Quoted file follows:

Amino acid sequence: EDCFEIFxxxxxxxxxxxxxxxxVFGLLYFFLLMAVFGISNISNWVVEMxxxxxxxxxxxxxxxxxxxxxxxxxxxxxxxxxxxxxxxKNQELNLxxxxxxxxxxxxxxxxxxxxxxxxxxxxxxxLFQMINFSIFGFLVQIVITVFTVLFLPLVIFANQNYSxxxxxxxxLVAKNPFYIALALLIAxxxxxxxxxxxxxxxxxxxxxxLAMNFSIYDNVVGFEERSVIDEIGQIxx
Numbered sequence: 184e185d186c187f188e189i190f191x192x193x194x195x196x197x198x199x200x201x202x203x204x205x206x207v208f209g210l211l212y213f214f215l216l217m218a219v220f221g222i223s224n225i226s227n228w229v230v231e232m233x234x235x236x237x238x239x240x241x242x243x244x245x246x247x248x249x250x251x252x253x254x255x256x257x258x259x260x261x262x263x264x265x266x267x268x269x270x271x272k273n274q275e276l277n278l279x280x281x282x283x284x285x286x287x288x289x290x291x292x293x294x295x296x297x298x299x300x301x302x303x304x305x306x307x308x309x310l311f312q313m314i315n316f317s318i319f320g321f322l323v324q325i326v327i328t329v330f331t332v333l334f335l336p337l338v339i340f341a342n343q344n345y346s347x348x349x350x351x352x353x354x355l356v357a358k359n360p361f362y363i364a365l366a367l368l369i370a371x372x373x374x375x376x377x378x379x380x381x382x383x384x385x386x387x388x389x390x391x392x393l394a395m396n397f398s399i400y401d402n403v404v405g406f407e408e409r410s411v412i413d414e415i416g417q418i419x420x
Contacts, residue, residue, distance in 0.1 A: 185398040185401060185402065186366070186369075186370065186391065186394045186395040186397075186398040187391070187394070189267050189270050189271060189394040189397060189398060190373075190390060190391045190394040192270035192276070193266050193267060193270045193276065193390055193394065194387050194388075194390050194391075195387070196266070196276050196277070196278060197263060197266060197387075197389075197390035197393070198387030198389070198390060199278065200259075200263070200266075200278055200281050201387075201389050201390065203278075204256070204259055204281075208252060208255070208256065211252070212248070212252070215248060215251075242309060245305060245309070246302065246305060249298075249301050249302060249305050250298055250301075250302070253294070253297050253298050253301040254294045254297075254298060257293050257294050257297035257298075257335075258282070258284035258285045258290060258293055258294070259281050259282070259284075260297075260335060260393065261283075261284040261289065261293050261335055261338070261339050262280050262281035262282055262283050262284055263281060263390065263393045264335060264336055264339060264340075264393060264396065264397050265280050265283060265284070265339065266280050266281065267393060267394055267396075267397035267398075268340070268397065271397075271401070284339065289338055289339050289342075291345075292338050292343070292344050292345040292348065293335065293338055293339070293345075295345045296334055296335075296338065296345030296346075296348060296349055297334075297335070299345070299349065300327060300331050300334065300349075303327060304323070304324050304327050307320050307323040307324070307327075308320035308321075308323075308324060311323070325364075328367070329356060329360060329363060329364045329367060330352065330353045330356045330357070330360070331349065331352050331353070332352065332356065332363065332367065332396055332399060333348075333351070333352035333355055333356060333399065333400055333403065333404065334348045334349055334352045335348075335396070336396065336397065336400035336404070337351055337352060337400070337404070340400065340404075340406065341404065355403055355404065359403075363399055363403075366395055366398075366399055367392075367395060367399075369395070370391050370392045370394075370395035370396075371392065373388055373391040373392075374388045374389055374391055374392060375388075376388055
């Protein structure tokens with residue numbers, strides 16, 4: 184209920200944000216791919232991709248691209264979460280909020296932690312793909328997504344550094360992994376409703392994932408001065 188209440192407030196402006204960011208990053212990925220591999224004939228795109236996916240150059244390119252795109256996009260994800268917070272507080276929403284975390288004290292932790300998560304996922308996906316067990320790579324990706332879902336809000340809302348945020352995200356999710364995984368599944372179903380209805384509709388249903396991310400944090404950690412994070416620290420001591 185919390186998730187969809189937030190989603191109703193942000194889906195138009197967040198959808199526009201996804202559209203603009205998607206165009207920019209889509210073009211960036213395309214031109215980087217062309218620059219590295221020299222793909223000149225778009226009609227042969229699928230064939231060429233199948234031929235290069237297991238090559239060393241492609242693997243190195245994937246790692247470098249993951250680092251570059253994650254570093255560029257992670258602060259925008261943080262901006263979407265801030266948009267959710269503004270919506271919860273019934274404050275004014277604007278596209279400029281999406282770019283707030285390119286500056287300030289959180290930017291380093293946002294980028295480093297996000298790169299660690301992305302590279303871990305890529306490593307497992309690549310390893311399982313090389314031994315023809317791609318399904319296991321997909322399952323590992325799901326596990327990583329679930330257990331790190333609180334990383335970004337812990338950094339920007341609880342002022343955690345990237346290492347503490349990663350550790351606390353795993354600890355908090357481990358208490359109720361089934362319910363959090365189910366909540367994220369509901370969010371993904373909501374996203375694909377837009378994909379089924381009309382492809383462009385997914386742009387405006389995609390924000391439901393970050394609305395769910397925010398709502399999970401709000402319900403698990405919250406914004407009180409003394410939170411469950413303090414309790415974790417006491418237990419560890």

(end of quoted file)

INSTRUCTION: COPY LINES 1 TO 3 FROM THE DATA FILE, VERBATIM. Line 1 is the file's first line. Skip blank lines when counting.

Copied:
Amino acid sequence: EDCFEIFxxxxxxxxxxxxxxxxVFGLLYFFLLMAVFGISNISNWVVEMxxxxxxxxxxxxxxxxxxxxxxxxxxxxxxxxxxxxxxxKNQELNLxxxxxxxxxxxxxxxxxxxxxxxxxxxxxxxLFQMINFSIFGFLVQIVITVFTVLFLPLVIFANQNYSxxxxxxxxLVAKNPFYIALALLIAxxxxxxxxxxxxxxxxxxxxxxLAMNFSIYDNVVGFEERSVIDEIGQIxx
Numbered sequence: 184e185d186c187f188e189i190f191x192x193x194x195x196x197x198x199x200x201x202x203x204x205x206x207v208f209g210l211l212y213f214f215l216l217m218a219v220f221g222i223s224n225i226s227n228w229v230v231e232m233x234x235x236x237x238x239x240x241x242x243x244x245x246x247x248x249x250x251x252x253x254x255x256x257x258x259x260x261x262x263x264x265x266x267x268x269x270x271x272k273n274q275e276l277n278l279x280x281x282x283x284x285x286x287x288x289x290x291x292x293x294x295x296x297x298x299x300x301x302x303x304x305x306x307x308x309x310l311f312q313m314i315n316f317s318i319f320g321f322l323v324q325i326v327i328t329v330f331t332v333l334f335l336p337l338v339i340f341a342n343q344n345y346s347x348x349x350x351x352x353x354x355l356v357a358k359n360p361f362y363i364a365l366a367l368l369i370a371x372x373x374x375x376x377x378x379x380x381x382x383x384x385x386x387x388x389x390x391x392x393l394a395m396n397f398s399i400y401d402n403v404v405g406f407e408e409r410s411v412i413d414e415i416g417q418i419x420x
Contacts, residue, residue, distance in 0.1 A: 185398040185401060185402065186366070186369075186370065186391065186394045186395040186397075186398040187391070187394070189267050189270050189271060189394040189397060189398060190373075190390060190391045190394040192270035192276070193266050193267060193270045193276065193390055193394065194387050194388075194390050194391075195387070196266070196276050196277070196278060197263060197266060197387075197389075197390035197393070198387030198389070198390060199278065200259075200263070200266075200278055200281050201387075201389050201390065203278075204256070204259055204281075208252060208255070208256065211252070212248070212252070215248060215251075242309060245305060245309070246302065246305060249298075249301050249302060249305050250298055250301075250302070253294070253297050253298050253301040254294045254297075254298060257293050257294050257297035257298075257335075258282070258284035258285045258290060258293055258294070259281050259282070259284075260297075260335060260393065261283075261284040261289065261293050261335055261338070261339050262280050262281035262282055262283050262284055263281060263390065263393045264335060264336055264339060264340075264393060264396065264397050265280050265283060265284070265339065266280050266281065267393060267394055267396075267397035267398075268340070268397065271397075271401070284339065289338055289339050289342075291345075292338050292343070292344050292345040292348065293335065293338055293339070293345075295345045296334055296335075296338065296345030296346075296348060296349055297334075297335070299345070299349065300327060300331050300334065300349075303327060304323070304324050304327050307320050307323040307324070307327075308320035308321075308323075308324060311323070325364075328367070329356060329360060329363060329364045329367060330352065330353045330356045330357070330360070331349065331352050331353070332352065332356065332363065332367065332396055332399060333348075333351070333352035333355055333356060333399065333400055333403065333404065334348045334349055334352045335348075335396070336396065336397065336400035336404070337351055337352060337400070337404070340400065340404075340406065341404065355403055355404065359403075363399055363403075366395055366398075366399055367392075367395060367399075369395070370391050370392045370394075370395035370396075371392065373388055373391040373392075374388045374389055374391055374392060375388075376388055